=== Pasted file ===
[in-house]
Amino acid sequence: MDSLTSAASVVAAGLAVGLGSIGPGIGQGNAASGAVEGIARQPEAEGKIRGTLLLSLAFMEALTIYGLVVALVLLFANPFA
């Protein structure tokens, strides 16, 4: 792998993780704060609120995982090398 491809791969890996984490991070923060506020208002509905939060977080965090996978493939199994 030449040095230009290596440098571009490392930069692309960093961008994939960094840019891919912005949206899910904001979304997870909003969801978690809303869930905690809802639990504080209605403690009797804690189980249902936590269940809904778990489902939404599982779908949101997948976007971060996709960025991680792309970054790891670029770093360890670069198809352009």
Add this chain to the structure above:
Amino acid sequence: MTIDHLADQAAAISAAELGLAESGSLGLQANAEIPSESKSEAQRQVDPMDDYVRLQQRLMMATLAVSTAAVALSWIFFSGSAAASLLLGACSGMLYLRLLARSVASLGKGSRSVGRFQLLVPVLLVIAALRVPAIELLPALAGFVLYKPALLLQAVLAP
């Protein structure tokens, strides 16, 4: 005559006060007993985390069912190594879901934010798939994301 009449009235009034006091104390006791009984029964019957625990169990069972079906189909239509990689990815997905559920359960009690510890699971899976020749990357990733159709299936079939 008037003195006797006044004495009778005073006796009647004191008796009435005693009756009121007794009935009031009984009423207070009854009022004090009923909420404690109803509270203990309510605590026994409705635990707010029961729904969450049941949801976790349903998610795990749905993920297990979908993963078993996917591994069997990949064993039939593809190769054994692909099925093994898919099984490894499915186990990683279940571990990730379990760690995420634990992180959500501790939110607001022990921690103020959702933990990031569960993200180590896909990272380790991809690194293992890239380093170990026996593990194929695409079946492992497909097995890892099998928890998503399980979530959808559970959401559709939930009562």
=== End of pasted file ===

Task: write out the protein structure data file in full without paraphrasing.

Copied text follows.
[in-house]
Amino acid sequence: MDSLTSAASVVAAGLAVGLGSIGPGIGQGNAASGAVEGIARQPEAEGKIRGTLLLSLAFMEALTIYGLVVALVLLFANPFA
């Protein structure tokens, strides 16, 4: 792998993780704060609120995982090398 491809791969890996984490991070923060506020208002509905939060977080965090996978493939199994 030449040095230009290596440098571009490392930069692309960093961008994939960094840019891919912005949206899910904001979304997870909003969801978690809303869930905690809802639990504080209605403690009797804690189980249902936590269940809904778990489902939404599982779908949101997948976007971060996709960025991680792309970054790891670029770093360890670069198809352009």
Add this chain to the structure above:
Amino acid sequence: MTIDHLADQAAAISAAELGLAESGSLGLQANAEIPSESKSEAQRQVDPMDDYVRLQQRLMMATLAVSTAAVALSWIFFSGSAAASLLLGACSGMLYLRLLARSVASLGKGSRSVGRFQLLVPVLLVIAALRVPAIELLPALAGFVLYKPALLLQAVLAP
């Protein structure tokens, strides 16, 4: 005559006060007993985390069912190594879901934010798939994301 009449009235009034006091104390006791009984029964019957625990169990069972079906189909239509990689990815997905559920359960009690510890699971899976020749990357990733159709299936079939 008037003195006797006044004495009778005073006796009647004191008796009435005693009756009121007794009935009031009984009423207070009854009022004090009923909420404690109803509270203990309510605590026994409705635990707010029961729904969450049941949801976790349903998610795990749905993920297990979908993963078993996917591994069997990949064993039939593809190769054994692909099925093994898919099984490894499915186990990683279940571990990730379990760690995420634990992180959500501790939110607001022990921690103020959702933990990031569960993200180590896909990272380790991809690194293992890239380093170990026996593990194929695409079946492992497909097995890892099998928890998503399980979530959808559970959401559709939930009562």